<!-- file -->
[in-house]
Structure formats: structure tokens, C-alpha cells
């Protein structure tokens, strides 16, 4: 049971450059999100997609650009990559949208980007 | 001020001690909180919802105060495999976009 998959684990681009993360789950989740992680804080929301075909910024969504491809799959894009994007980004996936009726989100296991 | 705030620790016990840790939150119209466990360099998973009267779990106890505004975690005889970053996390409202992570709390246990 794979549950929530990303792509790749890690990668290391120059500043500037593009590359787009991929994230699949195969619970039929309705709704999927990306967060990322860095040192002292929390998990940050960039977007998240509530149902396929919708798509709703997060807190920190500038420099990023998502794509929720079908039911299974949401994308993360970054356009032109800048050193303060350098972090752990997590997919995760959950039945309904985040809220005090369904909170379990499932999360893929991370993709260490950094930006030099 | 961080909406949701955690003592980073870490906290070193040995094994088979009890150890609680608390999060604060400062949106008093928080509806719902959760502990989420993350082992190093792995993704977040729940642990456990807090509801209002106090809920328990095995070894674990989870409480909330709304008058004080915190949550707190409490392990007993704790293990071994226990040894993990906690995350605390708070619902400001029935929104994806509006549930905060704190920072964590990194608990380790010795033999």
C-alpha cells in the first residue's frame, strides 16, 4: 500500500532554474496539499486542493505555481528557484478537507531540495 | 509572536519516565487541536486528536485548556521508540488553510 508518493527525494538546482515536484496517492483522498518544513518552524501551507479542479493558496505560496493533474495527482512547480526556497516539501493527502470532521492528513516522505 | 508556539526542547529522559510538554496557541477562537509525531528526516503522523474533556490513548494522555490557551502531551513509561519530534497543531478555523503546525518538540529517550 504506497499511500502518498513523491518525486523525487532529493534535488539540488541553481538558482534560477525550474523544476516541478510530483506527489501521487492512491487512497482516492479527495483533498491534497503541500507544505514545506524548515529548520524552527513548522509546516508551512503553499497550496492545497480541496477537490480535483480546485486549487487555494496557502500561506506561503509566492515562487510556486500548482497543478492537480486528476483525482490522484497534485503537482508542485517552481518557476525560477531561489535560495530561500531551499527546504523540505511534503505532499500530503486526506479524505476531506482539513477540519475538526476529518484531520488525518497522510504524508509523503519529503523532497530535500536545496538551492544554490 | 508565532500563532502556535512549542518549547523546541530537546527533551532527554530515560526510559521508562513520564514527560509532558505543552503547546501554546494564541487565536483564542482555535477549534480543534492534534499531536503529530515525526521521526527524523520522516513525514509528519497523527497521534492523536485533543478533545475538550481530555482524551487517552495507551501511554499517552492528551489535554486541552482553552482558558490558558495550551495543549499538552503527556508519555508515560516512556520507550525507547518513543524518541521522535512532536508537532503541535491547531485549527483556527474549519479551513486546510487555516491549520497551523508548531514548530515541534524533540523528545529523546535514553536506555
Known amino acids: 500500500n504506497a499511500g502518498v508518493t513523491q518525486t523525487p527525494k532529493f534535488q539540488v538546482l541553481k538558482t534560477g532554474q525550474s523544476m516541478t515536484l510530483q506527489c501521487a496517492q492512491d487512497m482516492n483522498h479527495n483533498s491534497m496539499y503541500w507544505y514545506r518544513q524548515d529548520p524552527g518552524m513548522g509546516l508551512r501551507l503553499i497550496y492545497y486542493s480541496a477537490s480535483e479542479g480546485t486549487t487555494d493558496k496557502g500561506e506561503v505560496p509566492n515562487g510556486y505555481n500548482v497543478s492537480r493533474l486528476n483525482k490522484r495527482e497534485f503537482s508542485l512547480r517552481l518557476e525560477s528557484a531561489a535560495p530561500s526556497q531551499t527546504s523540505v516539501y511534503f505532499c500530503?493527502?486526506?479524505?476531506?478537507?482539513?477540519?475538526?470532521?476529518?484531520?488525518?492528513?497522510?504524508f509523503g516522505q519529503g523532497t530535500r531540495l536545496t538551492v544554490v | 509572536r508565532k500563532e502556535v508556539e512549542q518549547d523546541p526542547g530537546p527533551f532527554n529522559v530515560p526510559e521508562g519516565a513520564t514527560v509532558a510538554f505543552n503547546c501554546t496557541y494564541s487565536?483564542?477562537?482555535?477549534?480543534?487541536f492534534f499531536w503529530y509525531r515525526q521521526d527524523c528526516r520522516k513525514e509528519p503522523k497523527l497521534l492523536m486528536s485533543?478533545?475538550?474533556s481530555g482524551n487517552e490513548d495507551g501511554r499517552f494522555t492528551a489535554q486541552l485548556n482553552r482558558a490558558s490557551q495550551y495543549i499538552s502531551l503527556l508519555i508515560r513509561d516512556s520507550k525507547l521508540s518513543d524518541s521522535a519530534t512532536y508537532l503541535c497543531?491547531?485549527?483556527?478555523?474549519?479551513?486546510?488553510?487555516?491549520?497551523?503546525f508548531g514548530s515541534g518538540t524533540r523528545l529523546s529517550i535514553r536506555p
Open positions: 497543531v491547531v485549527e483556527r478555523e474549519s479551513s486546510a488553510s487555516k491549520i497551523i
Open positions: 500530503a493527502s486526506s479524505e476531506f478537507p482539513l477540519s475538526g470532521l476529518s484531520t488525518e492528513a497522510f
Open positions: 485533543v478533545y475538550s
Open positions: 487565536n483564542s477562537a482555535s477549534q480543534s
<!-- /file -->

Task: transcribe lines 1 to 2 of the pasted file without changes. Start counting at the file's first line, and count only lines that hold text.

[in-house]
Structure formats: structure tokens, C-alpha cells